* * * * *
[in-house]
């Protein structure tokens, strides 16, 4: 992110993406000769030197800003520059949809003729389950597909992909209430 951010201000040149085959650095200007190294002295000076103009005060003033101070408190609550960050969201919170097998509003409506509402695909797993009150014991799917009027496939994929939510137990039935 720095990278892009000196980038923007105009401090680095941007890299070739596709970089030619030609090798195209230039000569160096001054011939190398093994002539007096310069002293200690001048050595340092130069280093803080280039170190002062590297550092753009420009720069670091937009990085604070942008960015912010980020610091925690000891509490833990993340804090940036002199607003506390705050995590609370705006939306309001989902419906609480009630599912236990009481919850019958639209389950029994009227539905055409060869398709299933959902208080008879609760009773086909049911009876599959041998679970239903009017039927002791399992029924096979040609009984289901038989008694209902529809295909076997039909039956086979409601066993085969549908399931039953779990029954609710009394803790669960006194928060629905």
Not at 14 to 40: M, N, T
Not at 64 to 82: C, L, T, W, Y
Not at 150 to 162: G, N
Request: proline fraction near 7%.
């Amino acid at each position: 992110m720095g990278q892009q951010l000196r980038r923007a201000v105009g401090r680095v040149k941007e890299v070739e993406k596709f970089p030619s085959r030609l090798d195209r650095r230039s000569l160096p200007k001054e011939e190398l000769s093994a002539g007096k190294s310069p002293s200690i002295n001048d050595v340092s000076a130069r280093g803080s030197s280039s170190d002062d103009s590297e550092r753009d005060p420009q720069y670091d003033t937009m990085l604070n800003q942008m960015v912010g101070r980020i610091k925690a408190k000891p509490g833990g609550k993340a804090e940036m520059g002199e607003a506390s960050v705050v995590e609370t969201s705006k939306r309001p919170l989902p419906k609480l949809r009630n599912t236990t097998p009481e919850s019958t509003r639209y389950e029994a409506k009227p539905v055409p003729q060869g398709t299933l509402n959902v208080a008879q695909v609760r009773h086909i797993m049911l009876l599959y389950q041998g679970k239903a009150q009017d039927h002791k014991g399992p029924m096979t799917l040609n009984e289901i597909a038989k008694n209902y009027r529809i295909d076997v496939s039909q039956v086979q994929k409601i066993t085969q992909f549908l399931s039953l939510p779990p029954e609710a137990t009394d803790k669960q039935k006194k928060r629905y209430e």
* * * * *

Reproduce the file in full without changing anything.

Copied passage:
[in-house]
């Protein structure tokens, strides 16, 4: 992110993406000769030197800003520059949809003729389950597909992909209430 951010201000040149085959650095200007190294002295000076103009005060003033101070408190609550960050969201919170097998509003409506509402695909797993009150014991799917009027496939994929939510137990039935 720095990278892009000196980038923007105009401090680095941007890299070739596709970089030619030609090798195209230039000569160096001054011939190398093994002539007096310069002293200690001048050595340092130069280093803080280039170190002062590297550092753009420009720069670091937009990085604070942008960015912010980020610091925690000891509490833990993340804090940036002199607003506390705050995590609370705006939306309001989902419906609480009630599912236990009481919850019958639209389950029994009227539905055409060869398709299933959902208080008879609760009773086909049911009876599959041998679970239903009017039927002791399992029924096979040609009984289901038989008694209902529809295909076997039909039956086979409601066993085969549908399931039953779990029954609710009394803790669960006194928060629905």
Not at 14 to 40: M, N, T
Not at 64 to 82: C, L, T, W, Y
Not at 150 to 162: G, N
Request: proline fraction near 7%.
């Amino acid at each position: 992110m720095g990278q892009q951010l000196r980038r923007a201000v105009g401090r680095v040149k941007e890299v070739e993406k596709f970089p030619s085959r030609l090798d195209r650095r230039s000569l160096p200007k001054e011939e190398l000769s093994a002539g007096k190294s310069p002293s200690i002295n001048d050595v340092s000076a130069r280093g803080s030197s280039s170190d002062d103009s590297e550092r753009d005060p420009q720069y670091d003033t937009m990085l604070n800003q942008m960015v912010g101070r980020i610091k925690a408190k000891p509490g833990g609550k993340a804090e940036m520059g002199e607003a506390s960050v705050v995590e609370t969201s705006k939306r309001p919170l989902p419906k609480l949809r009630n599912t236990t097998p009481e919850s019958t509003r639209y389950e029994a409506k009227p539905v055409p003729q060869g398709t299933l509402n959902v208080a008879q695909v609760r009773h086909i797993m049911l009876l599959y389950q041998g679970k239903a009150q009017d039927h002791k014991g399992p029924m096979t799917l040609n009984e289901i597909a038989k008694n209902y009027r529809i295909d076997v496939s039909q039956v086979q994929k409601i066993t085969q992909f549908l399931s039953l939510p779990p029954e609710a137990t009394d803790k669960q039935k006194k928060r629905y209430e």